“It’s a very easy read,” Overstreet said about the book, published by Page Publishing. “The book is not really about education — that’s what I did for 31 years — it’s about stories and the common-sense approach on how you make tough decisions and how you deal with people.”
Overstreet said he has been told the book isn’t just for educators.
“Business people can learn from this,” he added.
“It’s got some funny stories; it’s got some sad stories, but there’s a lot of what I consider ‘teachable moments.’
Since it came out, Overstreet said he has personally sold 100 books, but added he will not know the total number sold nationwide until the quarterly report is released in March.
“I don’t know if everyone would agree with the book — I don’t know if [they] should — but it worked for me,” Overstreet said and laughed.
“I think if people — not just educators — read it and they see some of the tough decisions that you have to make — you’ve got to make them, and you’ve got to tell people why you’re doing it,” he added.
The title of the book originates from one of the stories in the book, and how he “got named Mr. O.”
“It was a middle school student,” he added.
Many of the books he personally sold were during presentations he gave to non-profit organizations and other groups. For instance, he’s spoken at schools and will be speaking to Farragut Lions Club in February.
For 31 years, Overstreet said, “Education was my life. That’s how I learned to do what I did, and it helped me.”
A Putnam County native, Overstreet taught in Putnam County Schools, where he rose to assistant principal and athletic director at Cookeville High School. He then spent four years at Avery Trace Middle School, before taking the job as Lenoir City Elementary School principal.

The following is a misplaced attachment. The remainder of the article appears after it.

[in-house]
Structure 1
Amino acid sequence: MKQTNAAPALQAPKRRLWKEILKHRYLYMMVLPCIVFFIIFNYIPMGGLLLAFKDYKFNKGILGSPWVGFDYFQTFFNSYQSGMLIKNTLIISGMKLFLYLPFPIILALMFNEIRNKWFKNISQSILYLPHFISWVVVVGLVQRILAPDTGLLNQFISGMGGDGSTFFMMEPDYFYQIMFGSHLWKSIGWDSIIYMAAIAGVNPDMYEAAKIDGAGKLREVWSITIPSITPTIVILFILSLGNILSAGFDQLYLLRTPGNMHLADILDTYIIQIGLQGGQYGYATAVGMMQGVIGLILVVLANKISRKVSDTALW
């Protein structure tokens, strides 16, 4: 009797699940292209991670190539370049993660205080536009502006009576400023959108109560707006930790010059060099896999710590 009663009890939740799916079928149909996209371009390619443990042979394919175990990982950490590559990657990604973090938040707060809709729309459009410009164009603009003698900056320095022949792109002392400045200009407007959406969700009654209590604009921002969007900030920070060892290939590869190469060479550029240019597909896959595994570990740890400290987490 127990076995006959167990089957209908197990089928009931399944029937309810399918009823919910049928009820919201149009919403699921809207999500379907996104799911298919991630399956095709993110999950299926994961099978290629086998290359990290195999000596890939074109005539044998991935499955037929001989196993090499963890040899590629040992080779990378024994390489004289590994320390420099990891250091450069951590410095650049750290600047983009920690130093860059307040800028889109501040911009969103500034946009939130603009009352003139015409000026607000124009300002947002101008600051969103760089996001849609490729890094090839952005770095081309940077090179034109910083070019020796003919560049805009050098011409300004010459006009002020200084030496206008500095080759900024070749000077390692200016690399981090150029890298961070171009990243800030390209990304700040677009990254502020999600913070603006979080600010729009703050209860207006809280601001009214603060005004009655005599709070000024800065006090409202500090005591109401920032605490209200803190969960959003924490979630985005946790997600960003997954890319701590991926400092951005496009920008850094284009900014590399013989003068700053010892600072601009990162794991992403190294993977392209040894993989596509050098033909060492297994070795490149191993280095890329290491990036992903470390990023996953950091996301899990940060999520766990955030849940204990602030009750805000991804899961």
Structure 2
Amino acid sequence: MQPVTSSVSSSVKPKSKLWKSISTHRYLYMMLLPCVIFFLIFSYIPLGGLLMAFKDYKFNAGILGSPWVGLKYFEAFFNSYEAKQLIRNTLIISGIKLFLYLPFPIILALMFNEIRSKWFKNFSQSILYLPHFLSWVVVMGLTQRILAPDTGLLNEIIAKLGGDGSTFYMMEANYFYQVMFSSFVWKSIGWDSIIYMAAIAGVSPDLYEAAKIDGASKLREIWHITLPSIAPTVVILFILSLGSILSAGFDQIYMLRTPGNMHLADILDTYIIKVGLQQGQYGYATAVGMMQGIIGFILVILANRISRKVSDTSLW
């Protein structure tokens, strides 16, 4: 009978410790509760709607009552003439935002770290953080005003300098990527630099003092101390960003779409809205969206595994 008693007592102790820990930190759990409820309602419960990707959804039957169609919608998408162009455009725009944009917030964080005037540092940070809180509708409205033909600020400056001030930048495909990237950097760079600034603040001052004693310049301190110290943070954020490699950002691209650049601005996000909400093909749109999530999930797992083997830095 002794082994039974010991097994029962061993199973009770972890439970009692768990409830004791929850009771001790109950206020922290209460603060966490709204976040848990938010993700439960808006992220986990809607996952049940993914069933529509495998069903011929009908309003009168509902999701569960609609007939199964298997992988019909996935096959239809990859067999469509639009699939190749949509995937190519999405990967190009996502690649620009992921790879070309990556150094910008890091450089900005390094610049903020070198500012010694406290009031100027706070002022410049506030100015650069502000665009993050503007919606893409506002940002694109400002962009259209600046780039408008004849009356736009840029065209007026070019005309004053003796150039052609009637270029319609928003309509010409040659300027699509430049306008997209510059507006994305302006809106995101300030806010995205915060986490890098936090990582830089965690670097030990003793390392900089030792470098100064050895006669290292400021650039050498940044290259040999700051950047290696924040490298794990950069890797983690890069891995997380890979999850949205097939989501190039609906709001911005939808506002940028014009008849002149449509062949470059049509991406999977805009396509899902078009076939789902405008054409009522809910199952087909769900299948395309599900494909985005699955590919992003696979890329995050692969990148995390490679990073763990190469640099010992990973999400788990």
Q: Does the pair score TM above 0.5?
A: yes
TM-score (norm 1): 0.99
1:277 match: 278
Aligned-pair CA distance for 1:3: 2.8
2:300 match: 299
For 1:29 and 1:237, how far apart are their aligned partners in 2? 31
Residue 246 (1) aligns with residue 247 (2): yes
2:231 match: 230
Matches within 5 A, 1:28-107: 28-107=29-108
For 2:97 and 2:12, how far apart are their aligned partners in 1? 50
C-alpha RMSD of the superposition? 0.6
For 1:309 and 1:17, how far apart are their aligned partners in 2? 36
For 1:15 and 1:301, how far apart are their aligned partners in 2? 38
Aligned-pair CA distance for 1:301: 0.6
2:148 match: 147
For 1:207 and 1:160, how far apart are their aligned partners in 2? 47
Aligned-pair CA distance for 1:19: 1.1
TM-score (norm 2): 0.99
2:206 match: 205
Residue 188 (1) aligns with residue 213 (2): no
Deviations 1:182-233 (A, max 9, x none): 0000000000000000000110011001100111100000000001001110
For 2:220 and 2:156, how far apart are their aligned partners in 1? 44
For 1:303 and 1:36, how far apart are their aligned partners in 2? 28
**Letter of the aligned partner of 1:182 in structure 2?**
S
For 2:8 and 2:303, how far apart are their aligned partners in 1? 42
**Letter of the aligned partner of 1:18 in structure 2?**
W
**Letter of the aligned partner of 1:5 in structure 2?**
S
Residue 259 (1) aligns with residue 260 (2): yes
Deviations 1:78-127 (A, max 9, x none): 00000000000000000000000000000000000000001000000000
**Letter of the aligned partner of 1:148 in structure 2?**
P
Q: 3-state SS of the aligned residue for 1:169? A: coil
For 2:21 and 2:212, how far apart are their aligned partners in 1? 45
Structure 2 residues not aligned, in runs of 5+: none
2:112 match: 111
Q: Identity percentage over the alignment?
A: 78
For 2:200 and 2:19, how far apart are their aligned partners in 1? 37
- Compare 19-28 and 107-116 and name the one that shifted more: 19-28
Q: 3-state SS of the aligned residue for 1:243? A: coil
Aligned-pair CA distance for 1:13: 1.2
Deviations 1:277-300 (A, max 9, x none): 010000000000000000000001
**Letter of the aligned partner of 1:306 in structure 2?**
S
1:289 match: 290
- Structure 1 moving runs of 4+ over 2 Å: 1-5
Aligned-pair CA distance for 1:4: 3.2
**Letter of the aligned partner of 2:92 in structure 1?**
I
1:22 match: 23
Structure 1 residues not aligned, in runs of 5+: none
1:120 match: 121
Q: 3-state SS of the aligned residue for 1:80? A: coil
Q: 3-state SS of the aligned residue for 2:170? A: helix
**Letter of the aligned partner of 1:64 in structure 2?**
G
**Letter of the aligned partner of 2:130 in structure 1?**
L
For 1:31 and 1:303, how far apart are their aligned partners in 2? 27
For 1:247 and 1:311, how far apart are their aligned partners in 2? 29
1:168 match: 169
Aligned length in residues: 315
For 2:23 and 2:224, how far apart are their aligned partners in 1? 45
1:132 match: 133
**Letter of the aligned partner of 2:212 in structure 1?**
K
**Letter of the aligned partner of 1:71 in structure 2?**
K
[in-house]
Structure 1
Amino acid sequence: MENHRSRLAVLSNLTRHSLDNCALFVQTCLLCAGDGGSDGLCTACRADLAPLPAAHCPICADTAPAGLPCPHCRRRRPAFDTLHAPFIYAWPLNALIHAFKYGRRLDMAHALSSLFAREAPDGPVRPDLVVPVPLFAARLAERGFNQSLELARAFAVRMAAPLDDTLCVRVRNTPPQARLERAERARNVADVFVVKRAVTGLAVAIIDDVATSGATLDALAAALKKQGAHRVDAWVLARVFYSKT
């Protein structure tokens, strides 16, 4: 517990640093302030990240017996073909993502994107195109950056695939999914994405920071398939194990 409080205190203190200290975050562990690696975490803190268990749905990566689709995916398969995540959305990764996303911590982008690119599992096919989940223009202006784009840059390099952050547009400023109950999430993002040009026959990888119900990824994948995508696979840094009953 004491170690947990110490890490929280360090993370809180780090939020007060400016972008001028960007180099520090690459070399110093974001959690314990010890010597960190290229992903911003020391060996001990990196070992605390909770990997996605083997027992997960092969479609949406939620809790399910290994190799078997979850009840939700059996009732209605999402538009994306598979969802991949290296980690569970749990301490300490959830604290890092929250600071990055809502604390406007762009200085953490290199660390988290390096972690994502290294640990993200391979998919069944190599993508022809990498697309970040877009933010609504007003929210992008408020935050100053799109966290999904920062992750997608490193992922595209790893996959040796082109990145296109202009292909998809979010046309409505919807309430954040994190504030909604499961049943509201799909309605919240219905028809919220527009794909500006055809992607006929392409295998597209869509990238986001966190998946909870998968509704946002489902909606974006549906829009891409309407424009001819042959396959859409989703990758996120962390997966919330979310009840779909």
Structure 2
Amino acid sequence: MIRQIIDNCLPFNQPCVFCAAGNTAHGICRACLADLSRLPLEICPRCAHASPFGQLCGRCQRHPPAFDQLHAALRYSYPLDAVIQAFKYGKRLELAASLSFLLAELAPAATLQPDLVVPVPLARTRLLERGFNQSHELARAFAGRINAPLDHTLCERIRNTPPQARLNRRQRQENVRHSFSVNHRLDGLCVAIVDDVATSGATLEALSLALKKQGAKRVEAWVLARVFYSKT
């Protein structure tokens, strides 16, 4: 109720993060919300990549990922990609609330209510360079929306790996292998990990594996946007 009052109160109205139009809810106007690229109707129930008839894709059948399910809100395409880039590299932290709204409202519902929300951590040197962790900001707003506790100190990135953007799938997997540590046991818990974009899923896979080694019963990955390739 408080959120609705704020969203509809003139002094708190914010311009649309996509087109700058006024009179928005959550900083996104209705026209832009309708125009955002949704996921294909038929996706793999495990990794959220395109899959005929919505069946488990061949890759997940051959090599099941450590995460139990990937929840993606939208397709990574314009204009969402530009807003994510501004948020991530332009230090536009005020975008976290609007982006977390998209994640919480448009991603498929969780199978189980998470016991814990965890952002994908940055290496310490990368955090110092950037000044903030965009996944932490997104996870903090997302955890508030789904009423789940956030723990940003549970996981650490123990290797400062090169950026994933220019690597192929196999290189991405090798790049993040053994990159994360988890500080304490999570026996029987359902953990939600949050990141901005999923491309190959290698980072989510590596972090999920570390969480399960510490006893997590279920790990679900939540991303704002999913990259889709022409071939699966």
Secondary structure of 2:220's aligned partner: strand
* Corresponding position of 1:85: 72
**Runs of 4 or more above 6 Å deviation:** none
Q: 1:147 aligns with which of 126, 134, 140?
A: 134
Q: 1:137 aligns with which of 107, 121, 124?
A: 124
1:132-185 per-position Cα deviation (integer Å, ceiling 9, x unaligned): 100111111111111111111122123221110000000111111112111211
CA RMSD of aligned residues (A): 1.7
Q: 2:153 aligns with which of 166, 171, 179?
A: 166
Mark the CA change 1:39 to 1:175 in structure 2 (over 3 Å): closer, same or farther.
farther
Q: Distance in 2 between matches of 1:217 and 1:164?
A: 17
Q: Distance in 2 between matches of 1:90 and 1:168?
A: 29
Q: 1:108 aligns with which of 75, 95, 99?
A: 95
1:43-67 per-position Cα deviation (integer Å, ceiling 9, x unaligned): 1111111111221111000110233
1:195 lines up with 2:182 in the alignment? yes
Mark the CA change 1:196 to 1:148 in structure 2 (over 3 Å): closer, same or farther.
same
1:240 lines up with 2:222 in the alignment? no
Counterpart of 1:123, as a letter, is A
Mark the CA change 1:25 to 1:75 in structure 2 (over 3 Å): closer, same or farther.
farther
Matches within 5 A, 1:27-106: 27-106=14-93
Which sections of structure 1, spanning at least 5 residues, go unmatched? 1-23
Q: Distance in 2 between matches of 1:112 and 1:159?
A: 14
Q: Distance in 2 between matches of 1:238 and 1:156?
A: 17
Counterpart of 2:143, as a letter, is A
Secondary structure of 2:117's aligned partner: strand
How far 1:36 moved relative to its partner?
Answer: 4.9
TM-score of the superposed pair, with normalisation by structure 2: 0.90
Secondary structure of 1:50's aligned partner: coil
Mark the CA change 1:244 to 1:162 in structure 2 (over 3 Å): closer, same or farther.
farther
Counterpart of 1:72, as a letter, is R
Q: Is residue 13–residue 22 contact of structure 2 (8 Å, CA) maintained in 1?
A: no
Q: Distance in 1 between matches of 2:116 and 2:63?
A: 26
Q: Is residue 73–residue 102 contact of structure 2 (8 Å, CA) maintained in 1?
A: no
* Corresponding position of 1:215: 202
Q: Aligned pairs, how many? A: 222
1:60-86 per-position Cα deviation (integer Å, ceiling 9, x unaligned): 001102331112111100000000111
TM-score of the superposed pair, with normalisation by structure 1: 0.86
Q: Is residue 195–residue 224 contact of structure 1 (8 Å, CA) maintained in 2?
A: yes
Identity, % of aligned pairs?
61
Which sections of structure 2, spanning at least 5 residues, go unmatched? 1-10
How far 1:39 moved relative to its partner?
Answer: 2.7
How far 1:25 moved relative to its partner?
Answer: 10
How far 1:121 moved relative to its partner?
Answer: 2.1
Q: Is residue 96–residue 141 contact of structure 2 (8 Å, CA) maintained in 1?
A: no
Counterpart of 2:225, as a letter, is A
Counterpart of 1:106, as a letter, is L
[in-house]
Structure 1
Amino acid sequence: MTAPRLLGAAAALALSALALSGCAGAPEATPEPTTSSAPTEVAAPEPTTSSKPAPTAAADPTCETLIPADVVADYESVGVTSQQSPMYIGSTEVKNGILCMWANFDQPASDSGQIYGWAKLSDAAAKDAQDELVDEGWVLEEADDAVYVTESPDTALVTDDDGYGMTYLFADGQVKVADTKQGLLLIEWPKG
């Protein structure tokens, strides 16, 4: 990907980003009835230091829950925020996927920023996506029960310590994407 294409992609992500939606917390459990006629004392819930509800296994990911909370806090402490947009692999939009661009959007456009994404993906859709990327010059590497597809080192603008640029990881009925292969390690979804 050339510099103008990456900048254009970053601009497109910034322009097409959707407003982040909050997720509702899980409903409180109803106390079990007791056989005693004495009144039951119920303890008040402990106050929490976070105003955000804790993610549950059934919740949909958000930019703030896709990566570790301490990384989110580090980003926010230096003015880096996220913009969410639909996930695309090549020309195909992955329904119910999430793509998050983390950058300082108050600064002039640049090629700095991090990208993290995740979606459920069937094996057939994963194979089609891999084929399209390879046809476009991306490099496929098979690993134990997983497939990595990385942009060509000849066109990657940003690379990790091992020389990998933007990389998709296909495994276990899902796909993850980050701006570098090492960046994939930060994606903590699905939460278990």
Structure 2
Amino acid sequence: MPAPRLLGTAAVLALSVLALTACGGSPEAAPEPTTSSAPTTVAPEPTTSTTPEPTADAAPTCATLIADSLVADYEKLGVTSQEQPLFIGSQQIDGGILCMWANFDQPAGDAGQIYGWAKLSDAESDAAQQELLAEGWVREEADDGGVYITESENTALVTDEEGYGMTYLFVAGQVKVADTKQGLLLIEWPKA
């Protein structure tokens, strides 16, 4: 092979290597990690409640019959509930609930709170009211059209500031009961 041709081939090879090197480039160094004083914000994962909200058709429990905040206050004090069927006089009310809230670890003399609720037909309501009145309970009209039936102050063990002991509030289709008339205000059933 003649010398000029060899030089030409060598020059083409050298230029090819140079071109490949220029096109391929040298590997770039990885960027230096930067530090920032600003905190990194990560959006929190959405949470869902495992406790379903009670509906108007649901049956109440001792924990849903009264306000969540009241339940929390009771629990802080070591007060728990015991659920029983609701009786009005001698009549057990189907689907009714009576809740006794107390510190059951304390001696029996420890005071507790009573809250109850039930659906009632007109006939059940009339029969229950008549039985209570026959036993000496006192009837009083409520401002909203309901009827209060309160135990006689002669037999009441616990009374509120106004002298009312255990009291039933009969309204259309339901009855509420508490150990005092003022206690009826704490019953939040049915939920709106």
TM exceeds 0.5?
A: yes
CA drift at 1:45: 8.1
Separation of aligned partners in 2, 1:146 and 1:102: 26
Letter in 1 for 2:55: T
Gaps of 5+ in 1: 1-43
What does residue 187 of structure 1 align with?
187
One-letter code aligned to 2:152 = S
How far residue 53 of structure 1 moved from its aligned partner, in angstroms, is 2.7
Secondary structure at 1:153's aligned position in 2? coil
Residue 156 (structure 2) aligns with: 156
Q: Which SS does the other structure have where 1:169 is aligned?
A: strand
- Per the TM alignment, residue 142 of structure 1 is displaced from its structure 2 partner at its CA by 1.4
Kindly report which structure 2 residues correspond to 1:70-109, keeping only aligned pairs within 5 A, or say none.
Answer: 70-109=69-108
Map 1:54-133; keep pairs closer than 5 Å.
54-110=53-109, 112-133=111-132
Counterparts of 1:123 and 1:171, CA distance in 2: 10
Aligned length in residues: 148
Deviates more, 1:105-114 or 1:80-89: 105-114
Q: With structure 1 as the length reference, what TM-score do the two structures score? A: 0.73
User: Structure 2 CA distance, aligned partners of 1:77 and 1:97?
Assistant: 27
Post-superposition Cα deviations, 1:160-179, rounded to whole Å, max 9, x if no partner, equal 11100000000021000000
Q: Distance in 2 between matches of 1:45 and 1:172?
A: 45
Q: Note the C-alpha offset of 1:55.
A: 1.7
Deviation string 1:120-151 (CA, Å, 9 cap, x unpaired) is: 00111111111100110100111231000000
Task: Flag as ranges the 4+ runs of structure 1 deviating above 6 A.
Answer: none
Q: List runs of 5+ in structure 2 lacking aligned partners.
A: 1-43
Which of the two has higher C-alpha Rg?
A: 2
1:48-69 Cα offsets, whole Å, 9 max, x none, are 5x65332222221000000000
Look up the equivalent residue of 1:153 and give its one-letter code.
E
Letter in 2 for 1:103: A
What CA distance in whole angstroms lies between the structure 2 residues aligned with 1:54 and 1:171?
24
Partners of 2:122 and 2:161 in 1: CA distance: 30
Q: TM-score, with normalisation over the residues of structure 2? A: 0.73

“I was there for eight years,” he said.
While there, he was named East Tennessee Principal of the Year in 2008.
In 2007, Overstreet moved from Maryville to Farragut. After he retired from education in 2013, Overstreet took about six months off before he went to work for Reno’s Sporting Goods in Harriman — the owner and Overstreet attended college together.
“So, really, I was right back in the schools again,” he said and laughed. “When I would go in and talk with the principals, I would talk to people.
“I met a lot of teachers in Knox County here [from] when I was selling sporting goods,” Overstreet added. “When they know you have been a principal, they want to ask you every question in the world — ‘what would you do in this instance?’
So, he would make suggestions, such as “You might want to try this.”
They would come back with “You might want to write a book.”
His wife then introduced him to Randy Carpenter, who had authored several books, and that meeting inspired Overstreet to write his own book, which is a short-story format.
“I [didn’t] want it to be anything lengthy,” he said.
The book took about five months to write. Overstreet started using another publishing company, which went out of business, before he found Page Publishing.
“Even though [getting published] took a lot of time, it wasn’t that bad,” he said.
The book came out in November 2017.
“They sent me 10 copies to the house for free,” he recalled. “Boy, I’ll tell you what — picking up a box and seeing this [showing the book], and knowing you’re an author with a publishing company like Page — that’s a pretty good feeling.”
The book is available online at Amazon, Barnes & Noble, Apple iTunes and Google Play.
It also is available by calling Overstreet at 865-805-9218.